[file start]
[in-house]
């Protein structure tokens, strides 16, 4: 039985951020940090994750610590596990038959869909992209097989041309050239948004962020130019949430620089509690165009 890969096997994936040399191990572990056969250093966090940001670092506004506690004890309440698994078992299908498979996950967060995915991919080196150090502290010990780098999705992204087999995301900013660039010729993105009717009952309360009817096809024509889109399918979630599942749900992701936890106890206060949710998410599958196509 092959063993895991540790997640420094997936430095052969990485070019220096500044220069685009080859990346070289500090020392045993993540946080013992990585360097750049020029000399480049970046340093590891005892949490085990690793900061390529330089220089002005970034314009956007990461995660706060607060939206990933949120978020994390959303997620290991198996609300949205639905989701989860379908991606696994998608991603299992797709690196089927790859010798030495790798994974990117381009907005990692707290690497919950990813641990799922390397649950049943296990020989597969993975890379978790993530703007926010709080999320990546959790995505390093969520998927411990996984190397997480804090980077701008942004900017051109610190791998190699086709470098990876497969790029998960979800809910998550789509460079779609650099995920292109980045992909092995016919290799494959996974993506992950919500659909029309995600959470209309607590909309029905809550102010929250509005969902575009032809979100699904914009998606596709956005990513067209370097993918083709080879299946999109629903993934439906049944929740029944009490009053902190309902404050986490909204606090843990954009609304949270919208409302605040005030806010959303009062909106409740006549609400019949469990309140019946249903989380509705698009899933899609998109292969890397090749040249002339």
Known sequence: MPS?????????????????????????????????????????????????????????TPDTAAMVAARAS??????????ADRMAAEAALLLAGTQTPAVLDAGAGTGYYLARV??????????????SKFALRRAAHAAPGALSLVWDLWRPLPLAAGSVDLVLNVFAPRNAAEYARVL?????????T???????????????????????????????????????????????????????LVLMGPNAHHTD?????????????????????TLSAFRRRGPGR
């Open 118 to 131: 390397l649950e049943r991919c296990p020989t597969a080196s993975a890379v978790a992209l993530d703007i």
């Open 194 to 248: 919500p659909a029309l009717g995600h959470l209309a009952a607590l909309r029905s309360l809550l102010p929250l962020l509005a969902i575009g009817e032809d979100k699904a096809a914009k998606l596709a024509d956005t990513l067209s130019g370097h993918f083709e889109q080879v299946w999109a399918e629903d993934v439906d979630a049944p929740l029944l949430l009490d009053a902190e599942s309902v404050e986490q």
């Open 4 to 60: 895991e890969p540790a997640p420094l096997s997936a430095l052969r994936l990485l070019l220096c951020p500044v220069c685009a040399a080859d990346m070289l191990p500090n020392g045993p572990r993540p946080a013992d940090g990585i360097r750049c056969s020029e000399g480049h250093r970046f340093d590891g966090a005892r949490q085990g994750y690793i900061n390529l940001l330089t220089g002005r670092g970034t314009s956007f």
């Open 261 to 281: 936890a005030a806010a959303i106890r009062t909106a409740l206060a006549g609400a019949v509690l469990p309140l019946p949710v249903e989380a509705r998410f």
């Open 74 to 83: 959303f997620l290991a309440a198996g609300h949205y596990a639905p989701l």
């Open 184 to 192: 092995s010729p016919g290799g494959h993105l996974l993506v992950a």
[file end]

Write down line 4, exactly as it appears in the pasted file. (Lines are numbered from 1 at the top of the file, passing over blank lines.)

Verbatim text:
């Open 118 to 131: 390397l649950e049943r991919c296990p020989t597969a080196s993975a890379v978790a992209l993530d703007i």